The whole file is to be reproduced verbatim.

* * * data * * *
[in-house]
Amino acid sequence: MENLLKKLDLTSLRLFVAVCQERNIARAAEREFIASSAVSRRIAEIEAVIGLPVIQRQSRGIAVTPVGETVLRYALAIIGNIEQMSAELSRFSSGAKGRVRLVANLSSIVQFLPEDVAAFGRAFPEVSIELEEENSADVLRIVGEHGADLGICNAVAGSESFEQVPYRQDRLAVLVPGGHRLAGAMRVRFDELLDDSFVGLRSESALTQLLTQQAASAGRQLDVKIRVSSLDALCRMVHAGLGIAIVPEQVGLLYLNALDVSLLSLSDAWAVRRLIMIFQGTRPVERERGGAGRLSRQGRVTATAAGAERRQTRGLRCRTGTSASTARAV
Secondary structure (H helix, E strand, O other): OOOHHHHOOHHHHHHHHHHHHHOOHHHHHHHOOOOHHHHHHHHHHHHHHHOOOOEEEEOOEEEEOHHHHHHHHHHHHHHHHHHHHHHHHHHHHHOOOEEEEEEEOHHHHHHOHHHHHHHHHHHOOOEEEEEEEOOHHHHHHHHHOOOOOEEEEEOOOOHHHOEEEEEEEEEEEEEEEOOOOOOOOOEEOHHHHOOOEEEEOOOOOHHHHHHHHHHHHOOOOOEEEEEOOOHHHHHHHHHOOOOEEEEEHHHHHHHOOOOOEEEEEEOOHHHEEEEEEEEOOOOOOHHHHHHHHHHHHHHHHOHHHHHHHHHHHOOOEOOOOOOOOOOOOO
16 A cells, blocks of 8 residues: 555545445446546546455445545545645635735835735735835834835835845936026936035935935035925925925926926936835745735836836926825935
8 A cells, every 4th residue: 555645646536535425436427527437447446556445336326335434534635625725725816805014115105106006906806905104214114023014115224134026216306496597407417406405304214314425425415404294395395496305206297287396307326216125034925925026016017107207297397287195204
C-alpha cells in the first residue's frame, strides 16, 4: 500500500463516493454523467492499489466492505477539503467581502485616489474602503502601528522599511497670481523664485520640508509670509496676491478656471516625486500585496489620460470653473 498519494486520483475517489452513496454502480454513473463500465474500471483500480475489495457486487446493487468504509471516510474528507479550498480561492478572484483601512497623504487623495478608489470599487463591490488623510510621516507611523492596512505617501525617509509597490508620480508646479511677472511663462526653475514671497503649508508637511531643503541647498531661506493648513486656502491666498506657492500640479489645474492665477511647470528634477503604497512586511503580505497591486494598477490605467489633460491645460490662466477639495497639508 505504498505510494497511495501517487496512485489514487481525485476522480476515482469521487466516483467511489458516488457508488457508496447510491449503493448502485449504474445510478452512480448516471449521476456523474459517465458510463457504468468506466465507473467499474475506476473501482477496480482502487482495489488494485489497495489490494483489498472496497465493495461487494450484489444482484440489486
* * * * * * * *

[in-house]
Amino acid sequence: MENLLKKLDLTSLRLFVAVCQERNIARAAEREFIASSAVSRRIAEIEAVIGLPVIQRQSRGIAVTPVGETVLRYALAIIGNIEQMSAELSRFSSGAKGRVRLVANLSSIVQFLPEDVAAFGRAFPEVSIELEEENSADVLRIVGEHGADLGICNAVAGSESFEQVPYRQDRLAVLVPGGHRLAGAMRVRFDELLDDSFVGLRSESALTQLLTQQAASAGRQLDVKIRVSSLDALCRMVHAGLGIAIVPEQVGLLYLNALDVSLLSLSDAWAVRRLIMIFQGTRPVERERGGAGRLSRQGRVTATAAGAERRQTRGLRCRTGTSASTARAV
Secondary structure (H helix, E strand, O other): OOOHHHHOOHHHHHHHHHHHHHOOHHHHHHHOOOOHHHHHHHHHHHHHHHOOOOEEEEOOEEEEOHHHHHHHHHHHHHHHHHHHHHHHHHHHHHOOOEEEEEEEOHHHHHHOHHHHHHHHHHHOOOEEEEEEEOOHHHHHHHHHOOOOOEEEEEOOOOHHHOEEEEEEEEEEEEEEEOOOOOOOOOEEOHHHHOOOEEEEOOOOOHHHHHHHHHHHHOOOOOEEEEEOOOHHHHHHHHHOOOOEEEEEHHHHHHHOOOOOEEEEEEOOHHHEEEEEEEEOOOOOOHHHHHHHHHHHHHHHHOHHHHHHHHHHHOOOEOOOOOOOOOOOOO
16 A cells, blocks of 8 residues: 555545445446546546455445545545645635735835735735835834835835845936026936035935935035925925925926926936835745735836836926825935
8 A cells, every 4th residue: 555645646536535425436427527437447446556445336326335434534635625725725816805014115105106006906806905104214114023014115224134026216306496597407417406405304214314425425415404294395395496305206297287396307326216125034925925026016017107207297397287195204
C-alpha cells in the first residue's frame, strides 16, 4: 500500500463516493454523467492499489466492505477539503467581502485616489474602503502601528522599511497670481523664485520640508509670509496676491478656471516625486500585496489620460470653473 498519494486520483475517489452513496454502480454513473463500465474500471483500480475489495457486487446493487468504509471516510474528507479550498480561492478572484483601512497623504487623495478608489470599487463591490488623510510621516507611523492596512505617501525617509509597490508620480508646479511677472511663462526653475514671497503649508508637511531643503541647498531661506493648513486656502491666498506657492500640479489645474492665477511647470528634477503604497512586511503580505497591486494598477490605467489633460491645460490662466477639495497639508 505504498505510494497511495501517487496512485489514487481525485476522480476515482469521487466516483467511489458516488457508488457508496447510491449503493448502485449504474445510478452512480448516471449521476456523474459517465458510463457504468468506466465507473467499474475506476473501482477496480482502487482495489488494485489497495489490494483489498472496497465493495461487494450484489444482484440489486